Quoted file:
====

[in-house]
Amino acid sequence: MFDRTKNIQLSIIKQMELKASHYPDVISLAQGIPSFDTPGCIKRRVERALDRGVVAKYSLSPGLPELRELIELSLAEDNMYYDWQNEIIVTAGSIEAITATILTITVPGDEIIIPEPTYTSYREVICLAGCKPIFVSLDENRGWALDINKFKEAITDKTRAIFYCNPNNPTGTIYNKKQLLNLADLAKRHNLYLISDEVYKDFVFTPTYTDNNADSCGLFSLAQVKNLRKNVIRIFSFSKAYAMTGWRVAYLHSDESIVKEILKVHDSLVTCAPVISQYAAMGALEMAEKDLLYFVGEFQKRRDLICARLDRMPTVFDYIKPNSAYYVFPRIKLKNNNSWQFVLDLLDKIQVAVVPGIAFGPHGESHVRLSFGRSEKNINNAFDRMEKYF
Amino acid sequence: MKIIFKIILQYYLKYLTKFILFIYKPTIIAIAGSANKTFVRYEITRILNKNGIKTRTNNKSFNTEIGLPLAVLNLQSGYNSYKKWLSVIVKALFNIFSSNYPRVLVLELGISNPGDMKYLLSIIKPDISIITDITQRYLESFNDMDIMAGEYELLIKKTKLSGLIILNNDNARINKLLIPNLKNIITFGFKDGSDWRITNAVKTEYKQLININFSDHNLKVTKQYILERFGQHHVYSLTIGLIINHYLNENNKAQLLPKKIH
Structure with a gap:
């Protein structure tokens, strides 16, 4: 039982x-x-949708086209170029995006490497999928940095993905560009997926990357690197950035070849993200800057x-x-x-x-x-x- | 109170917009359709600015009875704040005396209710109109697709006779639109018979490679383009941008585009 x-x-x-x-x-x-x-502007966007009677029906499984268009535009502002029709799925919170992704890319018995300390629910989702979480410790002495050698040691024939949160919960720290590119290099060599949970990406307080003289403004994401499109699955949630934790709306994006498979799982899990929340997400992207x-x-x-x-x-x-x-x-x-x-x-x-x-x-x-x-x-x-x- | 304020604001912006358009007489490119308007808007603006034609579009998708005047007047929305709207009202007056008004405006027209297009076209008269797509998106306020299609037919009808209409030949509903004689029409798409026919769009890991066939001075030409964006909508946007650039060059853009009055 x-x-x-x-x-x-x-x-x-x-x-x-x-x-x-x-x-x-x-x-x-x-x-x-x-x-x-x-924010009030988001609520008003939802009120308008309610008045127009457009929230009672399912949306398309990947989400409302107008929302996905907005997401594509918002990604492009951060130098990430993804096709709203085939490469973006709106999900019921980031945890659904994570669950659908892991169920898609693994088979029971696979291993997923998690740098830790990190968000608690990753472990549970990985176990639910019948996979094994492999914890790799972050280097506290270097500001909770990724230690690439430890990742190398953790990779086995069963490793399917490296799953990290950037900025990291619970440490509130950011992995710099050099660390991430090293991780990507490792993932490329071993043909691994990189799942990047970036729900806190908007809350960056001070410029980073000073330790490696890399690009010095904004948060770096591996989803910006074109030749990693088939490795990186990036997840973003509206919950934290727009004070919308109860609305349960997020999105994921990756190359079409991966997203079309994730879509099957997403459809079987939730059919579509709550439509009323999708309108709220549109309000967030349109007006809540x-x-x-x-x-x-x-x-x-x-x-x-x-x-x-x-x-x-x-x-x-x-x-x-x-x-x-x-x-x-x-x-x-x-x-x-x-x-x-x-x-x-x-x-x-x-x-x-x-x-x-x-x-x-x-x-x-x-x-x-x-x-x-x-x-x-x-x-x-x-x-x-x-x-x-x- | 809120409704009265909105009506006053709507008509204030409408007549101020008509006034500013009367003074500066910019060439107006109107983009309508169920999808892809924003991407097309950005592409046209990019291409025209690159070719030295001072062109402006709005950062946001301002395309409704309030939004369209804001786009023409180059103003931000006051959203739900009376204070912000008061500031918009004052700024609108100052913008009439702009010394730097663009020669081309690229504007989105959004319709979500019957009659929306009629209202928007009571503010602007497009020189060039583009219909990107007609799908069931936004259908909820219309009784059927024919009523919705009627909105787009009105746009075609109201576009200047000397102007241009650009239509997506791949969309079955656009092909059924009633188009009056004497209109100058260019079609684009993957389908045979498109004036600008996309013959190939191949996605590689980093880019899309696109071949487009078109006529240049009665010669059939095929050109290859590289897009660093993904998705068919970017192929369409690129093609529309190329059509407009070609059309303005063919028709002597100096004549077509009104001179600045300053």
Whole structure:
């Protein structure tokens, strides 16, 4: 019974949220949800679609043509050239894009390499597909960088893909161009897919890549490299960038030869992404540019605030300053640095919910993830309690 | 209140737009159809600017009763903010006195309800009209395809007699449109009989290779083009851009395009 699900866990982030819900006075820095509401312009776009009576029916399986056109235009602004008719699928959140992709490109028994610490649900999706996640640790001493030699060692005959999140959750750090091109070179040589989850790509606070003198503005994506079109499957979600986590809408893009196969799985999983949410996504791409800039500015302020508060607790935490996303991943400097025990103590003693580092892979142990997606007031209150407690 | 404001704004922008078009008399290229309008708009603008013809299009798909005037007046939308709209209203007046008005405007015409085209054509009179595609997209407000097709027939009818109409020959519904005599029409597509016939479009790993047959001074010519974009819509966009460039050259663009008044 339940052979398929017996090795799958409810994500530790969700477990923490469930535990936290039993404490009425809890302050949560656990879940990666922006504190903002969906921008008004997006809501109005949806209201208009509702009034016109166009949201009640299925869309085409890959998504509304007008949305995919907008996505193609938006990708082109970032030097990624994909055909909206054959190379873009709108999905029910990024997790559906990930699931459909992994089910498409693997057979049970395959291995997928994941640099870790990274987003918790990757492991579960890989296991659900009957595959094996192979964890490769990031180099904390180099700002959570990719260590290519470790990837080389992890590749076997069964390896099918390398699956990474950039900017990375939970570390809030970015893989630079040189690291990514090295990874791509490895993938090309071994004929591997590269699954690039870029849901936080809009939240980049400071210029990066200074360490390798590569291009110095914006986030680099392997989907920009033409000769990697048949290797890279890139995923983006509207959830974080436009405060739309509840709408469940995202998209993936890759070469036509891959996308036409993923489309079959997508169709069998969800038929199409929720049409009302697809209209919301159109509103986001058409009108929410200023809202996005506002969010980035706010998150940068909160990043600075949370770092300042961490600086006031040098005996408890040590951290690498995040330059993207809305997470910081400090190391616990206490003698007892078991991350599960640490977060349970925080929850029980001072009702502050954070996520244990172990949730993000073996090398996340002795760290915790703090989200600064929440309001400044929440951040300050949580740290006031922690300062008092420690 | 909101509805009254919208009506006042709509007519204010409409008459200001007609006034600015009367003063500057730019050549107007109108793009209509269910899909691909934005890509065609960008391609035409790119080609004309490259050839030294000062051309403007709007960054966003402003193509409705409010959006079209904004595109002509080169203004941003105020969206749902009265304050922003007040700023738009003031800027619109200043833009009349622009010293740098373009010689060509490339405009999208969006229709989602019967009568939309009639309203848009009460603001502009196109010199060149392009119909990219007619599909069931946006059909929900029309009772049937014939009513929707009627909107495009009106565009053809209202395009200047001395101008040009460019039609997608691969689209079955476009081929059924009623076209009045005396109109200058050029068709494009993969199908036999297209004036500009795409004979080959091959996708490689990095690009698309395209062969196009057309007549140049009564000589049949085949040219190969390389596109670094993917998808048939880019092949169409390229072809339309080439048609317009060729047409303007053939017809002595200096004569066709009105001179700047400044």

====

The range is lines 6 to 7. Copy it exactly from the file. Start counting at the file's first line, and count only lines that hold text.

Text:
Whole structure:
């Protein structure tokens, strides 16, 4: 019974949220949800679609043509050239894009390499597909960088893909161009897919890549490299960038030869992404540019605030300053640095919910993830309690 | 209140737009159809600017009763903010006195309800009209395809007699449109009989290779083009851009395009 699900866990982030819900006075820095509401312009776009009576029916399986056109235009602004008719699928959140992709490109028994610490649900999706996640640790001493030699060692005959999140959750750090091109070179040589989850790509606070003198503005994506079109499957979600986590809408893009196969799985999983949410996504791409800039500015302020508060607790935490996303991943400097025990103590003693580092892979142990997606007031209150407690 | 404001704004922008078009008399290229309008708009603008013809299009798909005037007046939308709209209203007046008005405007015409085209054509009179595609997209407000097709027939009818109409020959519904005599029409597509016939479009790993047959001074010519974009819509966009460039050259663009008044 339940052979398929017996090795799958409810994500530790969700477990923490469930535990936290039993404490009425809890302050949560656990879940990666922006504190903002969906921008008004997006809501109005949806209201208009509702009034016109166009949201009640299925869309085409890959998504509304007008949305995919907008996505193609938006990708082109970032030097990624994909055909909206054959190379873009709108999905029910990024997790559906990930699931459909992994089910498409693997057979049970395959291995997928994941640099870790990274987003918790990757492991579960890989296991659900009957595959094996192979964890490769990031180099904390180099700002959570990719260590290519470790990837080389992890590749076997069964390896099918390398699956990474950039900017990375939970570390809030970015893989630079040189690291990514090295990874791509490895993938090309071994004929591997590269699954690039870029849901936080809009939240980049400071210029990066200074360490390798590569291009110095914006986030680099392997989907920009033409000769990697048949290797890279890139995923983006509207959830974080436009405060739309509840709408469940995202998209993936890759070469036509891959996308036409993923489309079959997508169709069998969800038929199409929720049409009302697809209209919301159109509103986001058409009108929410200023809202996005506002969010980035706010998150940068909160990043600075949370770092300042961490600086006031040098005996408890040590951290690498995040330059993207809305997470910081400090190391616990206490003698007892078991991350599960640490977060349970925080929850029980001072009702502050954070996520244990172990949730993000073996090398996340002795760290915790703090989200600064929440309001400044929440951040300050949580740290006031922690300062008092420690 | 909101509805009254919208009506006042709509007519204010409409008459200001007609006034600015009367003063500057730019050549107007109108793009209509269910899909691909934005890509065609960008391609035409790119080609004309490259050839030294000062051309403007709007960054966003402003193509409705409010959006079209904004595109002509080169203004941003105020969206749902009265304050922003007040700023738009003031800027619109200043833009009349622009010293740098373009010689060509490339405009999208969006229709989602019967009568939309009639309203848009009460603001502009196109010199060149392009119909990219007619599909069931946006059909929900029309009772049937014939009513929707009627909107495009009106565009053809209202395009200047001395101008040009460019039609997608691969689209079955476009081929059924009623076209009045005396109109200058050029068709494009993969199908036999297209004036500009795409004979080959091959996708490689990095690009698309395209062969196009057309007549140049009564000589049949085949040219190969390389596109670094993917998808048939880019092949169409390229072809339309080439048609317009060729047409303007053939017809002595200096004569066709009105001179700047400044």